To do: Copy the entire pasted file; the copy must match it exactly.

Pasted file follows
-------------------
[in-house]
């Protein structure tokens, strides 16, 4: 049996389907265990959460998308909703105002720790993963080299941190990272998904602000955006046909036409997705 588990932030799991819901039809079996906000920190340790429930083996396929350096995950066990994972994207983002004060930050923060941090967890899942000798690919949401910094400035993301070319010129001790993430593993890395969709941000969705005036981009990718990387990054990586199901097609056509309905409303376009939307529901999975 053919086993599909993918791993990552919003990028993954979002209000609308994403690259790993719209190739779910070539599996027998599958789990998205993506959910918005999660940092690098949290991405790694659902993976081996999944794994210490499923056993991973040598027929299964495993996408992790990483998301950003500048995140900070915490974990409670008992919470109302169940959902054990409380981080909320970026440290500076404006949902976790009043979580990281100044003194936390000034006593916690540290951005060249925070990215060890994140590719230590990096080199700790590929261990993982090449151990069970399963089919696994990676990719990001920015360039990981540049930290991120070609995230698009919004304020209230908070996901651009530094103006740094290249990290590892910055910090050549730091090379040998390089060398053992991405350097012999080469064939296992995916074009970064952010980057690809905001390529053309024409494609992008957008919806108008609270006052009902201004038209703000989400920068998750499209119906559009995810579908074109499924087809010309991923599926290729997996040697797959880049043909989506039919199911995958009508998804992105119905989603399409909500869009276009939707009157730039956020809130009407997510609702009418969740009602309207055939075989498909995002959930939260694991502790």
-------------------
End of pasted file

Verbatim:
[in-house]
């Protein structure tokens, strides 16, 4: 049996389907265990959460998308909703105002720790993963080299941190990272998904602000955006046909036409997705 588990932030799991819901039809079996906000920190340790429930083996396929350096995950066990994972994207983002004060930050923060941090967890899942000798690919949401910094400035993301070319010129001790993430593993890395969709941000969705005036981009990718990387990054990586199901097609056509309905409303376009939307529901999975 053919086993599909993918791993990552919003990028993954979002209000609308994403690259790993719209190739779910070539599996027998599958789990998205993506959910918005999660940092690098949290991405790694659902993976081996999944794994210490499923056993991973040598027929299964495993996408992790990483998301950003500048995140900070915490974990409670008992919470109302169940959902054990409380981080909320970026440290500076404006949902976790009043979580990281100044003194936390000034006593916690540290951005060249925070990215060890994140590719230590990096080199700790590929261990993982090449151990069970399963089919696994990676990719990001920015360039990981540049930290991120070609995230698009919004304020209230908070996901651009530094103006740094290249990290590892910055910090050549730091090379040998390089060398053992991405350097012999080469064939296992995916074009970064952010980057690809905001390529053309024409494609992008957008919806108008609270006052009902201004038209703000989400920068998750499209119906559009995810579908074109499924087809010309991923599926290729997996040697797959880049043909989506039919199911995958009508998804992105119905989603399409909500869009276009939707009157730039956020809130009407997510609702009418969740009602309207055939075989498909995002959930939260694991502790």